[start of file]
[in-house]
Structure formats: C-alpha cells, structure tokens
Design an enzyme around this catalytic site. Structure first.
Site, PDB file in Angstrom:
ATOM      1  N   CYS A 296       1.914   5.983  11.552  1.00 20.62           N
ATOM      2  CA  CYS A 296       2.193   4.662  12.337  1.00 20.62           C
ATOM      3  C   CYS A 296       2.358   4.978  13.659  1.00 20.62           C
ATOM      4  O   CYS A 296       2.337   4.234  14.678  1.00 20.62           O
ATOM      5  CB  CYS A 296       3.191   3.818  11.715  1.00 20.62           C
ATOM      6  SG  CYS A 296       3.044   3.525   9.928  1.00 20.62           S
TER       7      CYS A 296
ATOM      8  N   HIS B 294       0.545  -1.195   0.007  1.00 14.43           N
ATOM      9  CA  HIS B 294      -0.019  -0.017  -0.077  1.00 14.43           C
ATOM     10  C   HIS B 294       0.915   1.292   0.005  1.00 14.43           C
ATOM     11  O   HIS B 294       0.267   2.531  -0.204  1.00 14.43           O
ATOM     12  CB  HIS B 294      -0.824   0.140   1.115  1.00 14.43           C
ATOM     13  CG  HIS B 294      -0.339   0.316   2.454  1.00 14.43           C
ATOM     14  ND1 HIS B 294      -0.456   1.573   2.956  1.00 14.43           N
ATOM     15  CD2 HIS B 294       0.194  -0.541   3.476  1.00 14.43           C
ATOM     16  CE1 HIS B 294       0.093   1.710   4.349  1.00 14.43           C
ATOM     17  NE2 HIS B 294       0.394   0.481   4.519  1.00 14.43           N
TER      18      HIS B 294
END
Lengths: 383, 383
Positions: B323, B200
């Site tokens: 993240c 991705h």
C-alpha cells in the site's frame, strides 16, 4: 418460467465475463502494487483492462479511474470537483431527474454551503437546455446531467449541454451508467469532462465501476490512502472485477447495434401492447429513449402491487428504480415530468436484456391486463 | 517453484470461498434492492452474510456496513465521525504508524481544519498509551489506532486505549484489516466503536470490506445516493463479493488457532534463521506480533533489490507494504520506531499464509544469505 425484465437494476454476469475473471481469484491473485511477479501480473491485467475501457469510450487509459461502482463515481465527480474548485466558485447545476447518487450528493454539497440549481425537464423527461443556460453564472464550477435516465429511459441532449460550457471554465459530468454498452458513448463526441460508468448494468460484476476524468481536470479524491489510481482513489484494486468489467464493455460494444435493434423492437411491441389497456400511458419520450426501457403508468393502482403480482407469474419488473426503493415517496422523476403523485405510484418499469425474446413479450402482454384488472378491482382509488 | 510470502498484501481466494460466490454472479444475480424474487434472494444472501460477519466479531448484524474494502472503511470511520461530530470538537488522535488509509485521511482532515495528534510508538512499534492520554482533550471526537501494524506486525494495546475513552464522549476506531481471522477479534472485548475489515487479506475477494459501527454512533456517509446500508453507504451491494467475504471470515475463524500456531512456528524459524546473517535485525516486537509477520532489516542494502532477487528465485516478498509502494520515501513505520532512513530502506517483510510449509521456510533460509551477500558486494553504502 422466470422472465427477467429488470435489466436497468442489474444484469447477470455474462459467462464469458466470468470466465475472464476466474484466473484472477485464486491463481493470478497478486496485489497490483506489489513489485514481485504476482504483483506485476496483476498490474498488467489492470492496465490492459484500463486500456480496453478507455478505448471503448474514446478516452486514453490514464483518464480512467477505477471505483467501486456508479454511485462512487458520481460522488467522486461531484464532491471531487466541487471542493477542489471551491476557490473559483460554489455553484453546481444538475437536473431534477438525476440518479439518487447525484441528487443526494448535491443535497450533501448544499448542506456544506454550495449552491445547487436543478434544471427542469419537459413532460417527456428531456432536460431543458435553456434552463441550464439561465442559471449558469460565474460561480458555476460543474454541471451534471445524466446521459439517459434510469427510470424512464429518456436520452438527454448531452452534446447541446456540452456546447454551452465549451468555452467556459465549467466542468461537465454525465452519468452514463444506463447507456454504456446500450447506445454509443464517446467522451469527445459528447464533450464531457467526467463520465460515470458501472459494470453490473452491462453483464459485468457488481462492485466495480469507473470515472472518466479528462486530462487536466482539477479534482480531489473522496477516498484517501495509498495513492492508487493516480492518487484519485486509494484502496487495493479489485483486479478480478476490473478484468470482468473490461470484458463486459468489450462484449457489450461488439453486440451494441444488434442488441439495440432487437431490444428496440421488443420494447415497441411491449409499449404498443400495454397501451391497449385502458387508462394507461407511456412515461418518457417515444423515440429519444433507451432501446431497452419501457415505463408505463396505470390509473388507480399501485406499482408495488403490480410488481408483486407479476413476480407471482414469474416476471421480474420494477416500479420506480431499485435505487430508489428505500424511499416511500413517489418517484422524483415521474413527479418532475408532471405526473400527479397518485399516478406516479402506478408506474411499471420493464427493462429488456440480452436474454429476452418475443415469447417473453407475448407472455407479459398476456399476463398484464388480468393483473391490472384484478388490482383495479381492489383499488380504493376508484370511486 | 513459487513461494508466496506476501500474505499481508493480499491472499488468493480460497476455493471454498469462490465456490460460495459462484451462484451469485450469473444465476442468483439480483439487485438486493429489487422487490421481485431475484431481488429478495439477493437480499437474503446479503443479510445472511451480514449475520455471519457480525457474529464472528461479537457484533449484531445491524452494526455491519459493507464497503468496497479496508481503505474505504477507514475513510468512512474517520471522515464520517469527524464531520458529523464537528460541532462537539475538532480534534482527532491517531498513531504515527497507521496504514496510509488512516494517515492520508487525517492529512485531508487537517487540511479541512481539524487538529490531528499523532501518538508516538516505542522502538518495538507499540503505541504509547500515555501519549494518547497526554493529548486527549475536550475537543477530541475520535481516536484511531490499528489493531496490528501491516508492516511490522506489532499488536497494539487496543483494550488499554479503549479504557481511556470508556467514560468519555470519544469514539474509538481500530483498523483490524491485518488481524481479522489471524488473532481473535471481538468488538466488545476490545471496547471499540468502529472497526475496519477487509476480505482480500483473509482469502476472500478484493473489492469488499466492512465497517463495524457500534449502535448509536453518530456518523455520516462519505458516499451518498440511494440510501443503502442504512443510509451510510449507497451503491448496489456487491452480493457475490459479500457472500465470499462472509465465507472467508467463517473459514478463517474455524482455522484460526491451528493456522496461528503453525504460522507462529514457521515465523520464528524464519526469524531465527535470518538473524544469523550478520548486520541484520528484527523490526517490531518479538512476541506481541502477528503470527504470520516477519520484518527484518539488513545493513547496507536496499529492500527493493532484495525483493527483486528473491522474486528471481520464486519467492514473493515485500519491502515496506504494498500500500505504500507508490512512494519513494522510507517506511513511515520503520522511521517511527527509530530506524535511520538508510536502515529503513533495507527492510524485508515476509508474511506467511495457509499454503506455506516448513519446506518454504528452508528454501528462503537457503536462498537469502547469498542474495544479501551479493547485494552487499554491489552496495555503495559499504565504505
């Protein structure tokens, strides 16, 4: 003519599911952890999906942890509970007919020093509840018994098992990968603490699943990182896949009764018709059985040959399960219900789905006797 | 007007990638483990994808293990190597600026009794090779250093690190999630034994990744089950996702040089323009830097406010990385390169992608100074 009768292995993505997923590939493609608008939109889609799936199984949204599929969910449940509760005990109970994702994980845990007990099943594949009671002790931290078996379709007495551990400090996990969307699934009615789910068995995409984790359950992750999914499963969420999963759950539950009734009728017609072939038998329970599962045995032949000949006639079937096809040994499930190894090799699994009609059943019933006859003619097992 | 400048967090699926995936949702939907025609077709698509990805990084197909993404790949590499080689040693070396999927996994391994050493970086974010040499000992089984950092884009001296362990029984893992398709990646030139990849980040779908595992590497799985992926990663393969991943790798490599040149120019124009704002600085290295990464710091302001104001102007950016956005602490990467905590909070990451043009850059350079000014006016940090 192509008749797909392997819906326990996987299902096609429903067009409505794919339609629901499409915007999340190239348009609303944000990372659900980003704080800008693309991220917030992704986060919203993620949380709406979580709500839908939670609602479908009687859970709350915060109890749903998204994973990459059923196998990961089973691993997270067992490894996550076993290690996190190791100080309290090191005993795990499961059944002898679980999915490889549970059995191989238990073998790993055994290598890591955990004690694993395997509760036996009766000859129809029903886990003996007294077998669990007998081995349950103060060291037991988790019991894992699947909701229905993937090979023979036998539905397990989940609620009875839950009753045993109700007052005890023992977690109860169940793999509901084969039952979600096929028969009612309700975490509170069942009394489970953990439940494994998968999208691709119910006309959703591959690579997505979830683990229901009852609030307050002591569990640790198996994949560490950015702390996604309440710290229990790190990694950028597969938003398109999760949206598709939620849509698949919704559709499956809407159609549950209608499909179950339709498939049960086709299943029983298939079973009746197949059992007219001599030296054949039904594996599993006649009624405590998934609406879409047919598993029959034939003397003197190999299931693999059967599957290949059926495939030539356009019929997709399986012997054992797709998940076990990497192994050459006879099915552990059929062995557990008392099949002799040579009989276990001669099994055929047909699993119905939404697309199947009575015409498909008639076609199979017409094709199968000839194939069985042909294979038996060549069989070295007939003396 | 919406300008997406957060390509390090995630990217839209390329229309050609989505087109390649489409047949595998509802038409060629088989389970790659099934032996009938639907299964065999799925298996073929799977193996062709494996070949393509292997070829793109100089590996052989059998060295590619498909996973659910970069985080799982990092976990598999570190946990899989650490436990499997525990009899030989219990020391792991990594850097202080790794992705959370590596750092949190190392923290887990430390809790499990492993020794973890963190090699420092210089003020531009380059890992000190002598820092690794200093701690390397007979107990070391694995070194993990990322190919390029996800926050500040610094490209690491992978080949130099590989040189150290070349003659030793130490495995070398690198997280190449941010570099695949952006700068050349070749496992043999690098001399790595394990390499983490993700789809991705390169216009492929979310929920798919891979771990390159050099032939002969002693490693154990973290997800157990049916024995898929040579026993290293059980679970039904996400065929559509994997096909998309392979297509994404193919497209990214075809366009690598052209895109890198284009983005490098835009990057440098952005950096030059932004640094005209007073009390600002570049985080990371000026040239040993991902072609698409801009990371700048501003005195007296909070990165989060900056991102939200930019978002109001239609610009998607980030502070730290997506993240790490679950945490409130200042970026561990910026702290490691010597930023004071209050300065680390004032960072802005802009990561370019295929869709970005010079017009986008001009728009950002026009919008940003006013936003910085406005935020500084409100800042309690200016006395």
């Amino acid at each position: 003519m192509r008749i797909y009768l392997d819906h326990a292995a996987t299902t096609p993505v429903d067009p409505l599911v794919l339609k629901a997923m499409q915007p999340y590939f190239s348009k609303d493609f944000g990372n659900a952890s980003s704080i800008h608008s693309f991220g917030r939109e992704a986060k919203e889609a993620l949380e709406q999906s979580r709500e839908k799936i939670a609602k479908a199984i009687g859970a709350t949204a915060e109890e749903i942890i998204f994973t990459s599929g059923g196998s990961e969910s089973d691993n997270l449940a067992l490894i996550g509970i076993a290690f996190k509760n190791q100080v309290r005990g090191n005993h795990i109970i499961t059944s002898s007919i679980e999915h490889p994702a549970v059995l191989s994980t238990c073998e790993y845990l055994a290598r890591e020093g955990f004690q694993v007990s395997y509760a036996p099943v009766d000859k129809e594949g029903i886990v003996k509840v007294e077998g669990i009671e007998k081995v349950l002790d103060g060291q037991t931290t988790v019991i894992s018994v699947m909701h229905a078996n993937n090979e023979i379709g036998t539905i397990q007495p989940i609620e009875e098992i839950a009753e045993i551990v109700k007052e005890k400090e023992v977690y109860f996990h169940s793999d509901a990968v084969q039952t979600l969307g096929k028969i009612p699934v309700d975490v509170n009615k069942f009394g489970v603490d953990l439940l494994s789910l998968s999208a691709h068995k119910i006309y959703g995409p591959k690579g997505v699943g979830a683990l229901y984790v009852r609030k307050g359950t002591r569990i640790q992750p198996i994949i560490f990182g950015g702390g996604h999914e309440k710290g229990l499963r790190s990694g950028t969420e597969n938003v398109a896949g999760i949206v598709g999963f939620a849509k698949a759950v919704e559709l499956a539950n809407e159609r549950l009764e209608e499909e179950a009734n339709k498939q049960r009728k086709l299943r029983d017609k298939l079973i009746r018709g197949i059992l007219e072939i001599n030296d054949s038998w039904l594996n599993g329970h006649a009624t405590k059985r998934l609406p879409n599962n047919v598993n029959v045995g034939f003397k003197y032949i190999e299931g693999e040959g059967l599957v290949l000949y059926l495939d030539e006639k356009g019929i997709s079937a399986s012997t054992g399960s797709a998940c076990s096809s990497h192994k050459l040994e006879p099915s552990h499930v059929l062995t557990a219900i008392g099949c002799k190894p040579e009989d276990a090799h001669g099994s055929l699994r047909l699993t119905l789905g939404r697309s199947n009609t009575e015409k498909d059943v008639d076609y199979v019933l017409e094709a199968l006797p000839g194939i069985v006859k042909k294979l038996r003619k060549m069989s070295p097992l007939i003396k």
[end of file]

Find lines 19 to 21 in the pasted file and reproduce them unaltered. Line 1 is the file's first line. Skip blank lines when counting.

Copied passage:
ATOM     15  CD2 HIS B 294       0.194  -0.541   3.476  1.00 14.43           C
ATOM     16  CE1 HIS B 294       0.093   1.710   4.349  1.00 14.43           C
ATOM     17  NE2 HIS B 294       0.394   0.481   4.519  1.00 14.43           N